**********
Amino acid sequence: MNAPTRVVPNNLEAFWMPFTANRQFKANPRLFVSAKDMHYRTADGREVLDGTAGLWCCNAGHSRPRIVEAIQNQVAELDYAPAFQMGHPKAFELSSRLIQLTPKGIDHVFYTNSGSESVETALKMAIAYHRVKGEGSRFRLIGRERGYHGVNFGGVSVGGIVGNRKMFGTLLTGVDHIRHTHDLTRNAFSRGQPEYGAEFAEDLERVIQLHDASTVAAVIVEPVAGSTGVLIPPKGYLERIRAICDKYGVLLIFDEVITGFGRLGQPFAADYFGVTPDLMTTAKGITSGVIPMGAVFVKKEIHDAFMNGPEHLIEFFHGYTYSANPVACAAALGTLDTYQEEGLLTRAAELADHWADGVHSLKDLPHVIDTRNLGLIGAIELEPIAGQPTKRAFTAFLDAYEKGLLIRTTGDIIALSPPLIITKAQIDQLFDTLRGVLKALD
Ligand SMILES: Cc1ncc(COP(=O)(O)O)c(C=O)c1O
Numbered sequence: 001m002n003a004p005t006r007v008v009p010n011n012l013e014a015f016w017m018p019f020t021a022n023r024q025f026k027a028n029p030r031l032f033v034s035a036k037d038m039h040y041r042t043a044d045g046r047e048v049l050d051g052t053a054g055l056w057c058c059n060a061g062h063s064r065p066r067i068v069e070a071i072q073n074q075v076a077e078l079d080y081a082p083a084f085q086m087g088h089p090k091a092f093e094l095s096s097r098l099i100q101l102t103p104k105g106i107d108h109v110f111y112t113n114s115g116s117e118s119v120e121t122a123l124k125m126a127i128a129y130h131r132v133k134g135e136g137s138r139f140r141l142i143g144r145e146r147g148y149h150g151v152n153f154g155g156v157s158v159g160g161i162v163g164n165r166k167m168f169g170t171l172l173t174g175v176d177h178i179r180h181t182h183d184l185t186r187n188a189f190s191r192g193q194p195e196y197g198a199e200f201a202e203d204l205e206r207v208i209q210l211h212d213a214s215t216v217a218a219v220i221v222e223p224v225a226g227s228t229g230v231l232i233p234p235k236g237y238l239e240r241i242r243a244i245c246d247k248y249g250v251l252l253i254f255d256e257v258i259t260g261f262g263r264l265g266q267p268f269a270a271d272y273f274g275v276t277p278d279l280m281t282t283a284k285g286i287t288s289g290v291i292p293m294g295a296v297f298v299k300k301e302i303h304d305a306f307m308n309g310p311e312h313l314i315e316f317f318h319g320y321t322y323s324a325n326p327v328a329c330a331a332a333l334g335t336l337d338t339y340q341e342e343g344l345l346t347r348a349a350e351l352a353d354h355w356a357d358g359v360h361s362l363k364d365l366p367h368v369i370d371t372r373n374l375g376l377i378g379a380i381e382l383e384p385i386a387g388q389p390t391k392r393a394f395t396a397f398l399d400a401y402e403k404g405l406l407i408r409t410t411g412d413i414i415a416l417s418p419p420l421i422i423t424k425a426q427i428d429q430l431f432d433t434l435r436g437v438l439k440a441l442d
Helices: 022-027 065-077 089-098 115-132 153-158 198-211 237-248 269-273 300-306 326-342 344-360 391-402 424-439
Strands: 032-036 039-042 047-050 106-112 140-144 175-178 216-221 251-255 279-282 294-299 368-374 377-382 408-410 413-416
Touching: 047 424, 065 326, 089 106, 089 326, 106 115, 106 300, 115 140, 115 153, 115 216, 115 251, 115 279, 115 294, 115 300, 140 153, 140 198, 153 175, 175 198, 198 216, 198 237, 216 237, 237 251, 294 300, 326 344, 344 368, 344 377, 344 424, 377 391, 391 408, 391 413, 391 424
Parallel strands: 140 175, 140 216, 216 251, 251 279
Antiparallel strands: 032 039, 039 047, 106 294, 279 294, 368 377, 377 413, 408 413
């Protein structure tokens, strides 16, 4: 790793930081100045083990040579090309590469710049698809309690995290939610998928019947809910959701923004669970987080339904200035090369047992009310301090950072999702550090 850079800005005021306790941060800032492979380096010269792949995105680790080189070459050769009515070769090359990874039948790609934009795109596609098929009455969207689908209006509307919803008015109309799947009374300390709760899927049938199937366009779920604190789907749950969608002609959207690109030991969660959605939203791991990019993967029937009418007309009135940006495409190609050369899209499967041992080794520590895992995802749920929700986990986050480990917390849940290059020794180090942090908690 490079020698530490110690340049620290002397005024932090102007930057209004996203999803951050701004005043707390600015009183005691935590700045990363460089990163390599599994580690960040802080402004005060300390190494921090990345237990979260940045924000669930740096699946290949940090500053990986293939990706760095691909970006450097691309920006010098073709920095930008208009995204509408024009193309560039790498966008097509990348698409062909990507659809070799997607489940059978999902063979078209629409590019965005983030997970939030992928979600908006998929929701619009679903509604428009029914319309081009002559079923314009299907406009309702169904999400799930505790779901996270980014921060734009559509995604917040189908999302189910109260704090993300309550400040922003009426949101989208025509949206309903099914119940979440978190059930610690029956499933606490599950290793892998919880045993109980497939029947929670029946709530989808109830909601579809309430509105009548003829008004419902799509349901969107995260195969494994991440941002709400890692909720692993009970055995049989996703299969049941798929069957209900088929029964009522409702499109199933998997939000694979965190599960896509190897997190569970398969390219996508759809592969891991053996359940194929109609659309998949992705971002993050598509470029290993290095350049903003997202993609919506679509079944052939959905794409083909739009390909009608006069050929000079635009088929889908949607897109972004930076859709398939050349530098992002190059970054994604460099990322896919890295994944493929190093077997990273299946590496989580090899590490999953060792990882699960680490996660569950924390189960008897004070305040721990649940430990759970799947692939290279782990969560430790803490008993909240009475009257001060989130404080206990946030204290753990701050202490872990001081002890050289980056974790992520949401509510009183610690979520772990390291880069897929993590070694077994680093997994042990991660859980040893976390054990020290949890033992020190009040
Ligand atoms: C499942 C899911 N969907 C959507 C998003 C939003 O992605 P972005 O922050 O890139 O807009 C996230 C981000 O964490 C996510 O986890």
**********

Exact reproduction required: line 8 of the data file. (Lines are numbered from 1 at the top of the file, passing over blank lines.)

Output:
Antiparallel strands: 032 039, 039 047, 106 294, 279 294, 368 377, 377 413, 408 413